Discovering Oxnard’s Mullin Automotive Museum

What did Sonny and Cher, Clark Gable and Charlie Chaplin have in common? At some point in their lives, they all had a home in the somewhat sleepy town of Oxnard, California.

Located 30 miles west of Los Angeles, along the southern U.S. coast, the city of Oxnard had just over 2000 inhabitants, back in 1903 when it was incorporated.
The city was famous for its strawberries and lima beans until the movie Sideways put it on the map for wine lovers; broadening its horizon so to speak.Nowadays with a population of over 200k, It is home to over 20 miles of scenic coastline with un-crowded soft, sandy beaches like the famous Silver Strand and Mandalay Bay.

Oxnard and its surrounding areas have several museums, historical places and attractions to explore with kids of all ages and as this was not our first time in town we decided to skip the beaches and visit a unique Mullin Automotive Museum.

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After having our breakfast at our Residence Inn hotel, we set out to the Mullin for a private tour that was pre-booked several weeks in advance.

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The Museum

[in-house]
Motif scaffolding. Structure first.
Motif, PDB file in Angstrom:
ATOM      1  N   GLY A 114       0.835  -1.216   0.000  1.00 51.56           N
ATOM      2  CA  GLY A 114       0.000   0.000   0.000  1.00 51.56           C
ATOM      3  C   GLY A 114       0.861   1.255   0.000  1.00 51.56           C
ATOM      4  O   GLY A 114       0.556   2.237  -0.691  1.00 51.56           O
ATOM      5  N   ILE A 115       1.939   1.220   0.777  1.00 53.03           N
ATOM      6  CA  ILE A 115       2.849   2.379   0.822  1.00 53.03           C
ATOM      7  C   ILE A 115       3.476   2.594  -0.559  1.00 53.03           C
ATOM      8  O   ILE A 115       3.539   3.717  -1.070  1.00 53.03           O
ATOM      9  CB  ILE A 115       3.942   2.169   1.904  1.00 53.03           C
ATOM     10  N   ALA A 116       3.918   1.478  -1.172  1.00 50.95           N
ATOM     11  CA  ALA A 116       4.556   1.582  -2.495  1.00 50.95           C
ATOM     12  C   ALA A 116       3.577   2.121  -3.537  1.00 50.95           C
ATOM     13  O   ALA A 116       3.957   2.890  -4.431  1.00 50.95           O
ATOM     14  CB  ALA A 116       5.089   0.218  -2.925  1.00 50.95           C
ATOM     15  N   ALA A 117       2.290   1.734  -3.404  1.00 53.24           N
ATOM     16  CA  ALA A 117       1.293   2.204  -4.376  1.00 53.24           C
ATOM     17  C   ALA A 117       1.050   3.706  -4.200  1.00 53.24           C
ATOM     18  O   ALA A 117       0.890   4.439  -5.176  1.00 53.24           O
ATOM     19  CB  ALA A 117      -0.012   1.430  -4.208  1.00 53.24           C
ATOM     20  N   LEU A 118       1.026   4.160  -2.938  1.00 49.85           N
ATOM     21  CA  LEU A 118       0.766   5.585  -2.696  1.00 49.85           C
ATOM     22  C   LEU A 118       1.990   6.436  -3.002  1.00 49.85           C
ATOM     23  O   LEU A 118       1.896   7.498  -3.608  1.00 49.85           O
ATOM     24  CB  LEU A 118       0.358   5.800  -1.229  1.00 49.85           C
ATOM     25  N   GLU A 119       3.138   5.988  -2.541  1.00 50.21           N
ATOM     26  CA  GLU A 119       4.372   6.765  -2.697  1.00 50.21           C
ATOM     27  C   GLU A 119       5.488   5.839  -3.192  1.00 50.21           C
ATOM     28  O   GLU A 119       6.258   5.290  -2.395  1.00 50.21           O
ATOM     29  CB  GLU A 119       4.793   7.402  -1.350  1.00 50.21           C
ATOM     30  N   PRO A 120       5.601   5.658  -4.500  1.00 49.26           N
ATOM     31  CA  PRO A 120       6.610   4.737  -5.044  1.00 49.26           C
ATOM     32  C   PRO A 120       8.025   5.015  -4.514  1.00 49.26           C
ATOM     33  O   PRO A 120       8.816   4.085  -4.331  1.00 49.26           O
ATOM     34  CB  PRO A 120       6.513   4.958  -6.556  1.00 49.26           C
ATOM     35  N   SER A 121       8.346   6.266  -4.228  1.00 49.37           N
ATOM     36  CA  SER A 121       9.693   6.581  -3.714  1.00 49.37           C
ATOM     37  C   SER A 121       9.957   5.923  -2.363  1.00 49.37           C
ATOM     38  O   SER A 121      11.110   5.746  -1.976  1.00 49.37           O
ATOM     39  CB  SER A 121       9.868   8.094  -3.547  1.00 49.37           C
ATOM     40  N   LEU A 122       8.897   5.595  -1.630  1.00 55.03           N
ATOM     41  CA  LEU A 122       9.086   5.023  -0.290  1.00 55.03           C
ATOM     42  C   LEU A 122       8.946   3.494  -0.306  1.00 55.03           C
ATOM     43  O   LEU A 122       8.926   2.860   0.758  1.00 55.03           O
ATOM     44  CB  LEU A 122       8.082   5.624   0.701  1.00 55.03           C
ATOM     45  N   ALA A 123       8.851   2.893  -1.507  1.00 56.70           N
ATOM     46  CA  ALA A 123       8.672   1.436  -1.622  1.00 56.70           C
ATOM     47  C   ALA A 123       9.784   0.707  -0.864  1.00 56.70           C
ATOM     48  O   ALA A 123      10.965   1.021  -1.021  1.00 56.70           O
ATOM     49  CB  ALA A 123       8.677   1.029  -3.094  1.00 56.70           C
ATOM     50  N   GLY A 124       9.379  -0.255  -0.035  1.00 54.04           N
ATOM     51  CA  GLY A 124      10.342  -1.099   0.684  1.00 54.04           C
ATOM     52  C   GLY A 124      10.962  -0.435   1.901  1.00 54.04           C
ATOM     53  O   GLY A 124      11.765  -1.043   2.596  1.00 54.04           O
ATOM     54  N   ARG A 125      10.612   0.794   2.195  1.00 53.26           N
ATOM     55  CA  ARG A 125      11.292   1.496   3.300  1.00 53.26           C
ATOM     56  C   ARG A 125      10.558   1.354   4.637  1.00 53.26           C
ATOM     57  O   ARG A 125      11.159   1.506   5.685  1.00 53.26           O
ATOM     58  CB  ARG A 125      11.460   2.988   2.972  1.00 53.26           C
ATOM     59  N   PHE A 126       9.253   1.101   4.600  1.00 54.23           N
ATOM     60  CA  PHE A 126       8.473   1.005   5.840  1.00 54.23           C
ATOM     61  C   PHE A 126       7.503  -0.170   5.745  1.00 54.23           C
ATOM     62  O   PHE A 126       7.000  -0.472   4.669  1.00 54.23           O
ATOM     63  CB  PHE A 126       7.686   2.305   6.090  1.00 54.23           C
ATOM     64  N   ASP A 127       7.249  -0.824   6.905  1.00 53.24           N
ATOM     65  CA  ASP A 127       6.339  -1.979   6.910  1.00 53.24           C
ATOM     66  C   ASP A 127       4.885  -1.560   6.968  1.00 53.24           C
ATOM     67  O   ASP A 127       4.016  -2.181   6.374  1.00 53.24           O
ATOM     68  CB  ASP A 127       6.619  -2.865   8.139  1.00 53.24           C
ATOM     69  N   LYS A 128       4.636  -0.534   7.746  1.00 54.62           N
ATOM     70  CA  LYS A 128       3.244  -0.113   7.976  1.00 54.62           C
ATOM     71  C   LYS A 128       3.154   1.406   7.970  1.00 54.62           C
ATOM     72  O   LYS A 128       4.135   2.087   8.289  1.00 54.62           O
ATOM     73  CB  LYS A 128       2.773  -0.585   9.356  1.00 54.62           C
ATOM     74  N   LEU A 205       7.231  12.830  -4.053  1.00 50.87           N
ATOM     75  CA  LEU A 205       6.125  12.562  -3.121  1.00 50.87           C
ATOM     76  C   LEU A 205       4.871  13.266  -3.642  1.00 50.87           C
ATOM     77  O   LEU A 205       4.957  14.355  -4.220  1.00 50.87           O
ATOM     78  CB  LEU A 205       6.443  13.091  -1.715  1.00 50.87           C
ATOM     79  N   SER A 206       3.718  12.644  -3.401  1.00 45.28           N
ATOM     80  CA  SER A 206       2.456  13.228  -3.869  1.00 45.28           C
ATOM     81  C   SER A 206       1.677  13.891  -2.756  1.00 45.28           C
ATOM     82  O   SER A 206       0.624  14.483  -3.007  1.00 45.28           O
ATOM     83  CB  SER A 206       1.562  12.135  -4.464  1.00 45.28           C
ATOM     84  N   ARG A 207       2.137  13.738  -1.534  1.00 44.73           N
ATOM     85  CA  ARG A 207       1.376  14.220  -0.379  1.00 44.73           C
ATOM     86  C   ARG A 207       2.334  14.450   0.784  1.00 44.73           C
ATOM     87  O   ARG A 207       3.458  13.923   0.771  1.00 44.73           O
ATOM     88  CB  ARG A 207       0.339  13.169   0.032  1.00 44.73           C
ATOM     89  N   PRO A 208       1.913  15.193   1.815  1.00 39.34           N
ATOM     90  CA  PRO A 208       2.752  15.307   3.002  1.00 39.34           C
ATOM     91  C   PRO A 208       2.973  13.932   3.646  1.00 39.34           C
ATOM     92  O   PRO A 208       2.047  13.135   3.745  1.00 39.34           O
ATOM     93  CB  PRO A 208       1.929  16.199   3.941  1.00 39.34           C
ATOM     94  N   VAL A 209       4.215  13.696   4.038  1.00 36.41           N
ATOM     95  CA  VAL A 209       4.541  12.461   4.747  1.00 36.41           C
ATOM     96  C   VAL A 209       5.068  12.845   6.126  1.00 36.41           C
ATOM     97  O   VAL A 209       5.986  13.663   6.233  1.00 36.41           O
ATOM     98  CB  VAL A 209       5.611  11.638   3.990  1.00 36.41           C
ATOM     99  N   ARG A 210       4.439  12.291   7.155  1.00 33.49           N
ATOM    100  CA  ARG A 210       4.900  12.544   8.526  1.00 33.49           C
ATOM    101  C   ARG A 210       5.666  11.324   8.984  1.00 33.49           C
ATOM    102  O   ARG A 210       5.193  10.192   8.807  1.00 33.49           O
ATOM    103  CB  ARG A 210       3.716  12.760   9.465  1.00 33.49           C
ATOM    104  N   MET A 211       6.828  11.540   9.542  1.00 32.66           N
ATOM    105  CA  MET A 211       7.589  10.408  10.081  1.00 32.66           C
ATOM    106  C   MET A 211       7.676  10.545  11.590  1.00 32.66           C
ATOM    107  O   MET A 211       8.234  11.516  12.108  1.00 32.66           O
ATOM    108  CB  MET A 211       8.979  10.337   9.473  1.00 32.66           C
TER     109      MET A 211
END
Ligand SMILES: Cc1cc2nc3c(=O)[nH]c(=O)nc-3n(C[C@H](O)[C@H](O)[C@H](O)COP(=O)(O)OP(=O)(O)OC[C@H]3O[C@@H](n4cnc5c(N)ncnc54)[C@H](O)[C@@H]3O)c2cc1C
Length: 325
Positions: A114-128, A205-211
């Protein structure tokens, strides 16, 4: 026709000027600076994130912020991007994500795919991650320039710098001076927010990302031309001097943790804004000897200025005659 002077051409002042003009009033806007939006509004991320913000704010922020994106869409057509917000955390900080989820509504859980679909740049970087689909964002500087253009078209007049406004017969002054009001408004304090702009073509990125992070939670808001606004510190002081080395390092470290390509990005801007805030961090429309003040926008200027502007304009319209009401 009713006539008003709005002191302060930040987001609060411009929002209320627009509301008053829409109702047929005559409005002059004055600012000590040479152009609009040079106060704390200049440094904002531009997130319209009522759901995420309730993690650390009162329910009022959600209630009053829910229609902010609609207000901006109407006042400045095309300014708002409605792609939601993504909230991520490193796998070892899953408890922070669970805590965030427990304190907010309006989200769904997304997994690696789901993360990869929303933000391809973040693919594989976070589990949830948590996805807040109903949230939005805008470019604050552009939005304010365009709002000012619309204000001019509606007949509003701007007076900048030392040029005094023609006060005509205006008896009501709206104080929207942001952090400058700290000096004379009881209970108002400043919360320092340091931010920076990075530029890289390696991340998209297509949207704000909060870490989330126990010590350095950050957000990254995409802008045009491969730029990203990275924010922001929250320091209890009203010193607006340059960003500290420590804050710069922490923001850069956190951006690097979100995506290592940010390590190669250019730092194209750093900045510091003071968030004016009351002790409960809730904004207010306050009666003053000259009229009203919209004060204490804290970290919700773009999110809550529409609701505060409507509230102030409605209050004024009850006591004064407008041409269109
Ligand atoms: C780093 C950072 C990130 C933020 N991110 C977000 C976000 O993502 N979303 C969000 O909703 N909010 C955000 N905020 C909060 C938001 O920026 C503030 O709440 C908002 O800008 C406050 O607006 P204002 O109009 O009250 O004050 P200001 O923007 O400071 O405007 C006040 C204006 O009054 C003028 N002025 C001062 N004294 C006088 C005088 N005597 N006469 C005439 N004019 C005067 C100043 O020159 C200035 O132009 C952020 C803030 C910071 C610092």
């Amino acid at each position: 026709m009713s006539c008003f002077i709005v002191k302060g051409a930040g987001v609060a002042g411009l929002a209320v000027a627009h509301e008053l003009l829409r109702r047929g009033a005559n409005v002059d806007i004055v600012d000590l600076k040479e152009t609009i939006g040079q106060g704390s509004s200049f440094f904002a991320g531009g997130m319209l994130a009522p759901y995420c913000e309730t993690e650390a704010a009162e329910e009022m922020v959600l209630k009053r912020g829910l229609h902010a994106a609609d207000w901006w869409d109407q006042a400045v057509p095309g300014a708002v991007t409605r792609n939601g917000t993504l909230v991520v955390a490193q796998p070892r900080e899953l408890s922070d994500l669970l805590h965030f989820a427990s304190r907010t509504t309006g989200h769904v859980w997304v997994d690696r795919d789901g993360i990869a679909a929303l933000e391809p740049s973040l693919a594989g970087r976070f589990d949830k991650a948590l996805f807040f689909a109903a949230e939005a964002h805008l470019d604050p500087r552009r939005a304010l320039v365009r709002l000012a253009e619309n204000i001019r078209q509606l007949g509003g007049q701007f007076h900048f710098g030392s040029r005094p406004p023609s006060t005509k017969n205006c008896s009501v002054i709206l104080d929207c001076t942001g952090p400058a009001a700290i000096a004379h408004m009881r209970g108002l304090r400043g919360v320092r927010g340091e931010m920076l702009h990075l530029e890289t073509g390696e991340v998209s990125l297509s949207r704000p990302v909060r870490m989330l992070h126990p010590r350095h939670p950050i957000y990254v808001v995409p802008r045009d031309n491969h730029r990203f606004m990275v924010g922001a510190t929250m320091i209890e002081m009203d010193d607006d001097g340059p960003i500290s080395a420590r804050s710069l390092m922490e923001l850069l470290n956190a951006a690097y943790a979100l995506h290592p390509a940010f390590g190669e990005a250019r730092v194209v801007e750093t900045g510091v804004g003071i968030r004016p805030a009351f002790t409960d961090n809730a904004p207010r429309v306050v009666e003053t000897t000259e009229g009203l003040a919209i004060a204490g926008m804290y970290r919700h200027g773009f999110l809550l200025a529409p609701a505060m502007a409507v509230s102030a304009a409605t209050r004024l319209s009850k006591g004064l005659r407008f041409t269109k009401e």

This museum is truly a hidden gem that more people should know about and visit.
Situated in a nondescript industrial area of town not far from the neighboring city of Ventura, it would have been a bit of a challenge to locate had it not been for our car’s GPS system.

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The building that used to house a different museum now contains the private collection of business mogul and philanthropist Peter Mullin; an avid Art Deco and French automobile era expert who has managed to put together an impressive assortment of cars – mostly Bugatti.

The museum’s main exhibit called ‘The Art of Bugatti’ is centered around the family’s vision and legacy.The semi-private tour lead by the knowledgeable Rick Eberst strives to shed light on the multi-talented Bugatti patriarch and sons.

The introductory section featured several pre-1930 cars on display including a Peugeot Type BP1 Bébé; one of Ettore Bugatti’s first designs that he sold to rivaling car manufacturer Peugeot.

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The next stop showcased some of the jewels in Mullin’s collection like the 1938 Talbot Lago T150SS Coupé “teardrop”, the Delahaye Type 135 roadster and 1941 Type 41 Royale with the elephant statue in front designed by the sculptor of the family Rembrandt Bugatti on giant turntables.By far the most noteworthy in this section is the metallic light blue 57SC Atlantic nicknamed the ‘Mona Lisa’ of cars.There are only two left in the world; the first is owned by fashion designer Ralph Lauren while the second is featured at the Mullin’s.

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Right behind the turntables we saw the Type 64 car, which was just a concept chassis for sixty years until the car loving millionaire assembled a team of designers and car historians to recreate what the car might have looked like since its creator Ettore Bugatti’s son passed away in a tragic car crash before completing it.